Child’s Play – A contemporary re-imagining of the 1988 horror classic film

Producer Seth Grahame-Smith was 12 years old when the original Child’s Play was released and remembers being absolutely terrified by it, then watching it again and again. “I’ve been a fan ever since.”

So when MGM and Orion Pictures brought up the idea that they wanted to update the original movie, Grahame-Smith and fellow producer David Katzenberg were initially apprehensive. “We didn’t want to just remake the 1988 movie, which is a horror classic that introduced the world to one of greatest horror villains of all time. We wanted to introduce something new to it, something relevant to today’s audiences.”  

They thought long and hard about what that might be.  We live in a world where cameras and microphones are everywhere, and where our appliances talk to each other. Everything is interconnected.

“We got excited by what it would mean for Chucky, if he were not just a kid’s toy but a really high end AI product, like something you’d see from Apple or Amazon or Google — a child companion. What would happen if something with so much computing power and connectivity went bad, what would the possibilities be?” The producers then got excited about having something new to say, well-aware of the responsibility they had to long-time fans.

A contemporary re-imagining of the 1988 horror classic film, Child’s Play follows Karen (Aubrey Plaza), a single mother who gifts her son Andy (Gabriel Bateman) a Buddi doll, unaware of its more sinister nature.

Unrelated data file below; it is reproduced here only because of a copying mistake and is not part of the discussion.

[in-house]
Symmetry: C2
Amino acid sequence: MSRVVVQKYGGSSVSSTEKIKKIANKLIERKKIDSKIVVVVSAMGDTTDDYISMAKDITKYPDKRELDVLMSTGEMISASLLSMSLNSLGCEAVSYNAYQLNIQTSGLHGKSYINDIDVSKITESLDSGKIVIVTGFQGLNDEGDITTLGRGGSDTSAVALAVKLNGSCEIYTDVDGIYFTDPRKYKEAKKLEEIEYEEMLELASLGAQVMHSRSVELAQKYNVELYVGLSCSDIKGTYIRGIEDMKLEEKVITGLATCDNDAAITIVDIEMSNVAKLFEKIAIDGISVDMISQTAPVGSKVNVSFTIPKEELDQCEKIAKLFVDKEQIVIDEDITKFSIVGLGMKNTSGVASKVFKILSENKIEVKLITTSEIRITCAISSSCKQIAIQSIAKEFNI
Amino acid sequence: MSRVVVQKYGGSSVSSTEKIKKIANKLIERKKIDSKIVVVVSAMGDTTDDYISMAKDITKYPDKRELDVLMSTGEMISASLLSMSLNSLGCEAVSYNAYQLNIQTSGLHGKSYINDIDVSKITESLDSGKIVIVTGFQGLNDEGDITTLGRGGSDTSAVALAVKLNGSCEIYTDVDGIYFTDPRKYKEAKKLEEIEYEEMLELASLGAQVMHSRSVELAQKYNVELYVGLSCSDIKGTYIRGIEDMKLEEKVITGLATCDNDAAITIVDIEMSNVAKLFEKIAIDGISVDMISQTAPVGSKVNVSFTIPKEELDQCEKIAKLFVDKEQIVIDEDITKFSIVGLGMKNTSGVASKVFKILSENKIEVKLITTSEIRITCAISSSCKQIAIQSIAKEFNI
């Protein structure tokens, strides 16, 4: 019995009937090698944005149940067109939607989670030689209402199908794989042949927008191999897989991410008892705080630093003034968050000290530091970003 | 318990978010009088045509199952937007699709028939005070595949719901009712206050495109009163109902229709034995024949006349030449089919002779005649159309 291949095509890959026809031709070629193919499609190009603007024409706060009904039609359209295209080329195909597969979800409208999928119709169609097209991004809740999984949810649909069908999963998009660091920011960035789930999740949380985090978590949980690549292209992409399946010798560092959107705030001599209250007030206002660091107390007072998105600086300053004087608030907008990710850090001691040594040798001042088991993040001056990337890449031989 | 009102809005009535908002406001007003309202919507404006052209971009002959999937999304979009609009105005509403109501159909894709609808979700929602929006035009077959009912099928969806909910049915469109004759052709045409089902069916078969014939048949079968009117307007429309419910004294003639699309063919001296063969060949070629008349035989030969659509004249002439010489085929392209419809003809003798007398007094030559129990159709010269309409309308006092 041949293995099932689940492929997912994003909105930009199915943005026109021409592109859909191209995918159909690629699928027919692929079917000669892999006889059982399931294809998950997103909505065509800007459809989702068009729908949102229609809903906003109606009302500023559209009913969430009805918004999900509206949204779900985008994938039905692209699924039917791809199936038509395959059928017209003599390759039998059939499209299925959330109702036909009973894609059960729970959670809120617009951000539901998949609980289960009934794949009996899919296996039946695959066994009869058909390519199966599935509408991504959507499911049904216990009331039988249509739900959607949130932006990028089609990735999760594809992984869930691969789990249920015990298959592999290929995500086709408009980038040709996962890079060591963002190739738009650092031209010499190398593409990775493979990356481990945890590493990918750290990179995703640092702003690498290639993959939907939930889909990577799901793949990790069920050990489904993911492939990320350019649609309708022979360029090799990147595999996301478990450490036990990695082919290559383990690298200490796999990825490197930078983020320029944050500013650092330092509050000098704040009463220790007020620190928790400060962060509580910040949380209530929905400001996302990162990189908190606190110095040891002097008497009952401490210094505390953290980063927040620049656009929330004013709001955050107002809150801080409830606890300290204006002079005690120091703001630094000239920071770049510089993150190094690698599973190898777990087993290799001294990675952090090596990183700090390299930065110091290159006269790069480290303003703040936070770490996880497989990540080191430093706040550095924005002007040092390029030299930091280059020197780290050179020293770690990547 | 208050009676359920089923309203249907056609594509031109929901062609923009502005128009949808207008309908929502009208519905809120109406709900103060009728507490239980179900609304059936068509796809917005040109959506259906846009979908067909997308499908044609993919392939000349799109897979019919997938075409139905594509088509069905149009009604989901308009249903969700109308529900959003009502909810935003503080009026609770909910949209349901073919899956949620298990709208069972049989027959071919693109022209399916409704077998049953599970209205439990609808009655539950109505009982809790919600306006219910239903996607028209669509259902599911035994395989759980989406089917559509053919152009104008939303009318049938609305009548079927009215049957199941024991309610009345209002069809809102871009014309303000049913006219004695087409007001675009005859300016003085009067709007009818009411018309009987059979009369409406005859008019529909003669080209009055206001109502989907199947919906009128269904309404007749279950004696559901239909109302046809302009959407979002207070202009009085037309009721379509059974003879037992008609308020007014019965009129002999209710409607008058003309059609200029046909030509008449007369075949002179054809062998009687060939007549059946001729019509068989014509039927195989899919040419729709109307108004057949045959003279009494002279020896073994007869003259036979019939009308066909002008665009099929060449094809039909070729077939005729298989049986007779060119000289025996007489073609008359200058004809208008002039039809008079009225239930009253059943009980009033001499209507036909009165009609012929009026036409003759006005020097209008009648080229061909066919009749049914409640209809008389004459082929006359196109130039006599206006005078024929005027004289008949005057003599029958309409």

“In watching the original Child’s Play, I was drawn to the idea that a toy, something that every child has and loves, can turn on you so quickly,” says Katzenberg, “I was so frightened by that. It made me look at every toy in my bedroom differently; to this day I think it’s frightening to think about.” Now, when it comes to Chucky’s updated reincarnation, that fear is expanded upon: “It’s frightening to think that something we use for good every day, can potentially harm us.”

The upgraded Chucky is far more advanced, adds Grahame-Smith, “he has more ways to kill you.”  He now has the ability to access other devices and look through them, and he can take over thermostats, vehicles, robot vacuums. “He can use anything at his disposal to terrorize and kill you.” Meet Chucky 2.0.

Just six weeks after that initial meeting with MGM and Orion, Tyler Burton Smith (Kung Fury, Quantum Break video game) had finished writing the script, based on characters created by Don Mancini.

Tyler Burton Smith (Screenplay by) is a screenwriter hailing from Peachland, British Columbia, Canada. As a child, Tyler’s love for storytelling was expressed through countless cringe-worthy puppet plays and stop-motion short films that only his sister had the patience to sit through. A UBC graduate, Smith eventually paired his fascination with the human condition and passion for filmmaking to pursue a career in screenwriting.
After attending Vancouver Film School, Smith started his writing career in the world of video games, writing stories for such games as “Sleeping Dogs” and “Quantum Break.” He lived in Finland for several years while working for Remedy Entertainment. In 2015 he moved to LA when his original sci-fi movie pitch was purchased by Sony Animation.